The brook in front of our homestead, a small trout stream in the summer, roars as the last snow melts throughout the watershed. The stream reach where we reside is a sixth or a seventh order stream, meaning there are five or six brooks that feed into this brook in upgradient areas. The stream is at the top of its bank. Swollen waters splash over the bank where logs lay across the channel prying loose the brown and gray frozen leaves laying on the ground from last autumn and sending them down stream.
Today I am standing here enjoying nothing more and nothing less than the sheer energy of the brook as the waters careen through this natural sluice. The water is not clear. It carries sediment from eroded banks upstream. The white froth formed in swirling eddies contrasts sharply against the steel gray water. Upstream there is a stream bend where the water has gashed out a large scrape in the steep bank revealing the gray color soil formed from the local schist bedrock. The water seems determined on this corner taking little bits and pieces of the earth with vengeance and transporting them to parts unknown. As I stand here I wonder if I am the only one that is curious about where these tiny pieces of our planet will end up.
I am fascinated by the power of water. Man has located himself near moving water for millenniums, borrowing its power for many uses. On this stream there was once a grist mill. You can see the old stone foundation on the north side of the brook. The green and black moss covered stones are largely flat and they are stacked so perfectly that they have stood there for six or seven human generations. They hold the steep bank steady for a short distance. They have done this job since they were carefully placed there by the calloused hands of someone who cared enough to do a job well.
It is hard to imagine that 150 years ago someone tried to forge a life here using the power of the stream to operate giant grind stones that crushed coarse grain into tiny bits. The grain was likely sold or bartered to neighbors. The only transportation back then would have been beast and wagon. The nearest good size town a day’s trip back and forth.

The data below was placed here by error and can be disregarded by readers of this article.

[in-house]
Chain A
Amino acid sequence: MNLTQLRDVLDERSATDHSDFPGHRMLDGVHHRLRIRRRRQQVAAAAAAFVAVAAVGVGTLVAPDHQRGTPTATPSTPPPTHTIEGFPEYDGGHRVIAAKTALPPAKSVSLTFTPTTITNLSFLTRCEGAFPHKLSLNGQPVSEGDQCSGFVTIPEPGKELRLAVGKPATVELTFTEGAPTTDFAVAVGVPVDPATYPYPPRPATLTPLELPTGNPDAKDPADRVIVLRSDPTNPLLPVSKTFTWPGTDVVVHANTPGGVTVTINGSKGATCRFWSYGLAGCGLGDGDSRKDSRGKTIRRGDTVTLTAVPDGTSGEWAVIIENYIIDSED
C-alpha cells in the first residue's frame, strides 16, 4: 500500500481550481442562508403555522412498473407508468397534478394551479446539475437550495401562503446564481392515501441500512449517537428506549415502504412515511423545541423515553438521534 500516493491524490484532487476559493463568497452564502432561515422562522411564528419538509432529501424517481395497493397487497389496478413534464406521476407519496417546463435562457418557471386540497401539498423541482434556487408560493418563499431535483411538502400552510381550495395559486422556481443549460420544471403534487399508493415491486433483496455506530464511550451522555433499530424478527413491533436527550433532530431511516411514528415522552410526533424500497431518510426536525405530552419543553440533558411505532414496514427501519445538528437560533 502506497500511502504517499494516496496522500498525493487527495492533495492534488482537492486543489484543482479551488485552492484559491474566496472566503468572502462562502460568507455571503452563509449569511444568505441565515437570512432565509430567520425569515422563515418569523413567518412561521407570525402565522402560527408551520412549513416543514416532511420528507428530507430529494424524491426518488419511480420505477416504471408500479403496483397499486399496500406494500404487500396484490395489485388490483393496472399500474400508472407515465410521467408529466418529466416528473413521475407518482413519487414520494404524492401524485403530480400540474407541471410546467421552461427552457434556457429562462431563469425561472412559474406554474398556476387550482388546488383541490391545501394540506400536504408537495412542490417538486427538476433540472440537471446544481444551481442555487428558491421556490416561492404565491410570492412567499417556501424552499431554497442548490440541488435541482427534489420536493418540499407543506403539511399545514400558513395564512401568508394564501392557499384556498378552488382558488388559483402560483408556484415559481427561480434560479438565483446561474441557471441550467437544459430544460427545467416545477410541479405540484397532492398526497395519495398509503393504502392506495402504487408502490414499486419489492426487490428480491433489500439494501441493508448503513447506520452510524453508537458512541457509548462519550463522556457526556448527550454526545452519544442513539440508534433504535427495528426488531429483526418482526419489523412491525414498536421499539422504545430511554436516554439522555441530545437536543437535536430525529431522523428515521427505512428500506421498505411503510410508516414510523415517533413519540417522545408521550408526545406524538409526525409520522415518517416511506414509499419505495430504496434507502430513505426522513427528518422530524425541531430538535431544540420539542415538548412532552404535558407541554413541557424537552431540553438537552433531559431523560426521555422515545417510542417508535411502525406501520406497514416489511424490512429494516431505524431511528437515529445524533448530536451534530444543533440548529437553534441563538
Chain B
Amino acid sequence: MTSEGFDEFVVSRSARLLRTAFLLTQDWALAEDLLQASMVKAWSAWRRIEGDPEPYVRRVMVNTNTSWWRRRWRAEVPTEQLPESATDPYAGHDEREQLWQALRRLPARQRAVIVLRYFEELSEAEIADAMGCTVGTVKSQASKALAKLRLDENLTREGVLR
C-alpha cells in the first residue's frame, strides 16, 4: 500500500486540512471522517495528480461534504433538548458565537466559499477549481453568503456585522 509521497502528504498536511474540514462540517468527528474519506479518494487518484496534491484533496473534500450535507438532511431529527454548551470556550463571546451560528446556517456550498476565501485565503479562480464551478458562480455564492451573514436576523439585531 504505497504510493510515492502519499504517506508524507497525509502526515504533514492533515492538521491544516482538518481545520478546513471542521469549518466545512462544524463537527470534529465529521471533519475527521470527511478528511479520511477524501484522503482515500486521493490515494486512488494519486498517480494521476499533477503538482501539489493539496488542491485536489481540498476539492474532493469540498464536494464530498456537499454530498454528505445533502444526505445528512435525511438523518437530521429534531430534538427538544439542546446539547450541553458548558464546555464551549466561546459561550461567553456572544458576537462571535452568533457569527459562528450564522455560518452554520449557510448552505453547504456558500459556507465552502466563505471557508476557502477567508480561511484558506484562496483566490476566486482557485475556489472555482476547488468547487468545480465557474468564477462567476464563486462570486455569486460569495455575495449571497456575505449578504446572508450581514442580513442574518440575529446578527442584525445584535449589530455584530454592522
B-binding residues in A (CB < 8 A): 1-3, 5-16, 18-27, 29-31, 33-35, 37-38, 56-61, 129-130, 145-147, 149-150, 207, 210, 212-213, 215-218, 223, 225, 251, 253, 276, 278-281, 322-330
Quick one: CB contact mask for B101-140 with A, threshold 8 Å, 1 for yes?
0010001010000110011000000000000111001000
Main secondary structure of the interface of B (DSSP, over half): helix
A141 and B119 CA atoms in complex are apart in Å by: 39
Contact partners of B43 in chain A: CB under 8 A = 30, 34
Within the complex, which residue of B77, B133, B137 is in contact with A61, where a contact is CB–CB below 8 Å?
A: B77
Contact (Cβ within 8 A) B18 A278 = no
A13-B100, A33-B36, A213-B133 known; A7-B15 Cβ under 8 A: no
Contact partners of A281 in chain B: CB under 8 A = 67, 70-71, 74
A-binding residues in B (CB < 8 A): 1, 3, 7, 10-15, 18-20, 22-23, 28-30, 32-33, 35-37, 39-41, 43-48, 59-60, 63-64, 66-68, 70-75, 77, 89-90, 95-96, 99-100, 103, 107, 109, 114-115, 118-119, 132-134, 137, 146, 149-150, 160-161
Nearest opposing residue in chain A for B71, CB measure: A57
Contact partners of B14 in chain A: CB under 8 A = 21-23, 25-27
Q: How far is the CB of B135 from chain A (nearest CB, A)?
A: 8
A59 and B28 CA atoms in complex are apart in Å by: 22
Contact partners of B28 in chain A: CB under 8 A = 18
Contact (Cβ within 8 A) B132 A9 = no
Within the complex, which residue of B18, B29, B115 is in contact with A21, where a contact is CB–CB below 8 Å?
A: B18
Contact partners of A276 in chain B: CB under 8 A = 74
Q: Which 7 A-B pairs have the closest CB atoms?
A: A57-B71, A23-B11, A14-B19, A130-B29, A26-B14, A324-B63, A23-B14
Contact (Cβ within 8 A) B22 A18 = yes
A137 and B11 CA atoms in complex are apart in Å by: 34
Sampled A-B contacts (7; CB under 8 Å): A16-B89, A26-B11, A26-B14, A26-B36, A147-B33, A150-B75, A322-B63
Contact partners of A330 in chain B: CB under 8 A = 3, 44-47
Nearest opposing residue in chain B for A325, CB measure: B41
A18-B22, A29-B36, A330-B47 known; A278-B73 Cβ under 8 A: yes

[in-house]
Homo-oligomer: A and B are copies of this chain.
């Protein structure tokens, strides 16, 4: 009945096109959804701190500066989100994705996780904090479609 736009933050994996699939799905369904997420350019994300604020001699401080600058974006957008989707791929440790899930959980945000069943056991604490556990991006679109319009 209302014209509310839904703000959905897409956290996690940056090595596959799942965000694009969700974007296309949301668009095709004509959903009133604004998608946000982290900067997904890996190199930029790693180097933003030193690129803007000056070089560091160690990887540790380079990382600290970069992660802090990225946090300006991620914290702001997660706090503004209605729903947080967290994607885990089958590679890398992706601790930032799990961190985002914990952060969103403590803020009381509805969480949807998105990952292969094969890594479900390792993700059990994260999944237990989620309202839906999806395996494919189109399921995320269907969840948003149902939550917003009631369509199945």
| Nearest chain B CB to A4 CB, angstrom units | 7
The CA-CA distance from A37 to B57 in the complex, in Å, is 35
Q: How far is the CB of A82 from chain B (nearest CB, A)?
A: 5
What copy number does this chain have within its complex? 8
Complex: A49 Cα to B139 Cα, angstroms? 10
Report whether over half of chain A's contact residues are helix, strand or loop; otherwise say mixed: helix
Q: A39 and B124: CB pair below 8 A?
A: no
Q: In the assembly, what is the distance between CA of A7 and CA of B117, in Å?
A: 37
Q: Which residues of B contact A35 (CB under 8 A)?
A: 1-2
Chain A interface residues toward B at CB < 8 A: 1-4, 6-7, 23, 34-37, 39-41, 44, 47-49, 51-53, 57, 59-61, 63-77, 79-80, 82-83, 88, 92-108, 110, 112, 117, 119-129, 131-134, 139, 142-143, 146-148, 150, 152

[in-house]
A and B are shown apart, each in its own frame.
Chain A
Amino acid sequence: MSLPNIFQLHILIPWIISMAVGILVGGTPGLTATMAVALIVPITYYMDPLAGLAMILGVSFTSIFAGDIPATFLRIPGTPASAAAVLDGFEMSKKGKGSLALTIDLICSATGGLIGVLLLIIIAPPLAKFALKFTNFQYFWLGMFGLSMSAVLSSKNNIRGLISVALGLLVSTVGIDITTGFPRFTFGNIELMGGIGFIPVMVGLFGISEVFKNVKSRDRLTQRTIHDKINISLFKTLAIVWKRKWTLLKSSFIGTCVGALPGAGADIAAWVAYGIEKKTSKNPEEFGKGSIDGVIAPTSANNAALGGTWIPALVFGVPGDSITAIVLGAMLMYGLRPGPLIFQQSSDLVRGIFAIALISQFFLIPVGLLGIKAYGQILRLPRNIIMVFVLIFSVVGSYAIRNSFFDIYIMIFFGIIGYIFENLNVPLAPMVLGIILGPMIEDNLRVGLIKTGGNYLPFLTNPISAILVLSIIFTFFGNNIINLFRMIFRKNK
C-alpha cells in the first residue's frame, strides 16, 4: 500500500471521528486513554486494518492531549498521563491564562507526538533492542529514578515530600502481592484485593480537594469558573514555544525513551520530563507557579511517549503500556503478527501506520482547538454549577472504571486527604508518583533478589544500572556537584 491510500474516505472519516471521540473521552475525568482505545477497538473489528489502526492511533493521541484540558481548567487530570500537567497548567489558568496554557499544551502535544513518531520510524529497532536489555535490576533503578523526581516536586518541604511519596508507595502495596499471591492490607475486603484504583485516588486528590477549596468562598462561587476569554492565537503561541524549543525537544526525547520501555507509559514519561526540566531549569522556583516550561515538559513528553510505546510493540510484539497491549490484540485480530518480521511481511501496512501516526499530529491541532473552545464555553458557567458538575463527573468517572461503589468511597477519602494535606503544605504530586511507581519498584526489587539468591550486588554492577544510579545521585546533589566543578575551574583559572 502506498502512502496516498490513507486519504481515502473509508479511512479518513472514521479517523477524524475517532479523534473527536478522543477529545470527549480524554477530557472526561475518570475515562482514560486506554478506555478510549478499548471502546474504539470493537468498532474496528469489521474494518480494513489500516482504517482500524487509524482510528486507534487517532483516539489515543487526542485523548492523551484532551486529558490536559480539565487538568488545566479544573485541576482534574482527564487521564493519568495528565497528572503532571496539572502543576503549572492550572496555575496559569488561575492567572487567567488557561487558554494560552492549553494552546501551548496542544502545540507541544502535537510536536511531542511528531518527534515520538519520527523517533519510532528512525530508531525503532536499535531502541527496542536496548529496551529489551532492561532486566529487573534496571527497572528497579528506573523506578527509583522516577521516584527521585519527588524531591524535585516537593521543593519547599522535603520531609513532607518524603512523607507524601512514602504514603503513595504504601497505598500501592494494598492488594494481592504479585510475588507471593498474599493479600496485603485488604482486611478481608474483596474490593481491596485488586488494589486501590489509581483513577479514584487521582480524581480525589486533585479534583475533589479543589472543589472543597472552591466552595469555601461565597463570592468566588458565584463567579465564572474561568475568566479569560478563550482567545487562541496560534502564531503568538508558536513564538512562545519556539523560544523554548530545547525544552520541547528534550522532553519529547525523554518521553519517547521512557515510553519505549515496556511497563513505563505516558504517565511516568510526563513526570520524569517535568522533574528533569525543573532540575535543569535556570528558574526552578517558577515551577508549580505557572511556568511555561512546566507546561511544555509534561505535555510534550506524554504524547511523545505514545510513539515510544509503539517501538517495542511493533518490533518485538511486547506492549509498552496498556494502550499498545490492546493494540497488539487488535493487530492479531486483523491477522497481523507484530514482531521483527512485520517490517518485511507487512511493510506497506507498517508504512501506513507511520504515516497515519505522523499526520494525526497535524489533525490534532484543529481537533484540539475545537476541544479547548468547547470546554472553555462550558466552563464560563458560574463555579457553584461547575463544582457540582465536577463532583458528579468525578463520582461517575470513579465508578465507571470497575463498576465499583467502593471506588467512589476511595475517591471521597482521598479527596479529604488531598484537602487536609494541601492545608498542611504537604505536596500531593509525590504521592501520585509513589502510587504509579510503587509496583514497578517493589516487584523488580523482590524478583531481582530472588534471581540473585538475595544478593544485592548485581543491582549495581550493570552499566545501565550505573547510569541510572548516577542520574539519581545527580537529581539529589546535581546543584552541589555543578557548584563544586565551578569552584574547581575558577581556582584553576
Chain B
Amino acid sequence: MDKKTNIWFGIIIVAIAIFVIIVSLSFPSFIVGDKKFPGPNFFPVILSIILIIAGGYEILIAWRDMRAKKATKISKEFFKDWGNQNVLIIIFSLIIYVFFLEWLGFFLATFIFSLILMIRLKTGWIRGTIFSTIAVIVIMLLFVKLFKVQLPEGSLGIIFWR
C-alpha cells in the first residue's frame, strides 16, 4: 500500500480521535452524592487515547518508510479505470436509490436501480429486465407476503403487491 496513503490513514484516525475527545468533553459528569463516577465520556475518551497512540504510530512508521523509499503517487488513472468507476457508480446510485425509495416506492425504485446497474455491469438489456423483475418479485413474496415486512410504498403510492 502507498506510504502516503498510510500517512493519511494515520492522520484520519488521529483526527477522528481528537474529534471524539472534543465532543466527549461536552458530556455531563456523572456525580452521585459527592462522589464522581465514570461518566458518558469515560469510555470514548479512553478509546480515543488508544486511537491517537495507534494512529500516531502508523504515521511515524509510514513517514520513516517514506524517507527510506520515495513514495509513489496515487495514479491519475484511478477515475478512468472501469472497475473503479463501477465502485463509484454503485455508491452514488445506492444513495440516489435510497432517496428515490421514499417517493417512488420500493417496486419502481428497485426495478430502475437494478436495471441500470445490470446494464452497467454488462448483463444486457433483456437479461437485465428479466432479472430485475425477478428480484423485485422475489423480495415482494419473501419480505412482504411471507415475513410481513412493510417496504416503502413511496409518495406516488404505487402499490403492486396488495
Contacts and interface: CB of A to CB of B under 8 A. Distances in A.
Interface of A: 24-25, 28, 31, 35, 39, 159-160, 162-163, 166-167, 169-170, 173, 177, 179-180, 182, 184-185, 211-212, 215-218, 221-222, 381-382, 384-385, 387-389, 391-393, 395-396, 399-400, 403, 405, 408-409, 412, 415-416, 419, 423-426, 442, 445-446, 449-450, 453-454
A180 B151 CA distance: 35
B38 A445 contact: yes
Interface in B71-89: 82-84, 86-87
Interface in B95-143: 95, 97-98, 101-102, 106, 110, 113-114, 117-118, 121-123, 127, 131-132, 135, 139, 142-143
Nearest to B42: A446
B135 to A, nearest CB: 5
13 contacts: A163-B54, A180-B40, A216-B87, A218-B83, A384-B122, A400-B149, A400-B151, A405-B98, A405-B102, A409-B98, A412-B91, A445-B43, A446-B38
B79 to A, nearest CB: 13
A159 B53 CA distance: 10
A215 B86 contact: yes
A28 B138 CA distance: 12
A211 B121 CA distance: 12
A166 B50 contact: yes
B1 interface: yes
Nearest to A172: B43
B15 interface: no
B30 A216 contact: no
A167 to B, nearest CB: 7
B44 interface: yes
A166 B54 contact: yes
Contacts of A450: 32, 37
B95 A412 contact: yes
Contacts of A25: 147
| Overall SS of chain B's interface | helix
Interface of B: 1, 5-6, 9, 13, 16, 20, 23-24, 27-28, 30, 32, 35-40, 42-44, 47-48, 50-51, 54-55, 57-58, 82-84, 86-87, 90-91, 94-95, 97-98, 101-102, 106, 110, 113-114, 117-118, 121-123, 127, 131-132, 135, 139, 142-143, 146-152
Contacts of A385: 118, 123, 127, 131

I find myself reflecting on how much simpler life was in those days. Most people pretty much made their way in the world by producing something either for themselves or their neighbors. I imagine that most people kept farms, or homesteads, that fed their families. Perhaps they traded milk for lamb, or ground grain and traded it for some maple syrup. Currency was not as important then. Integrity was the mark of a good person.
While we fantasize about the good old days, the time before motor cars and electricity, life was probably hard. Men and women worked hard for their families. Sacrifices were commonplace. Sometimes families were divided so a child could get an education, or a parent could make a living. Disease, when present, could be devastating before the days of modern medicine. Yet I suspect that people were just as happy then as they are now. Perhaps they even enjoyed life more, although, in general, a life span was much shorter.
I stand here watching the water flow by. In the spring thaw it flows by much quicker and with much more meaning. Maybe a little like the years that sweep by us as we get a little older.
Written for www.wildramblings.com in April 2009.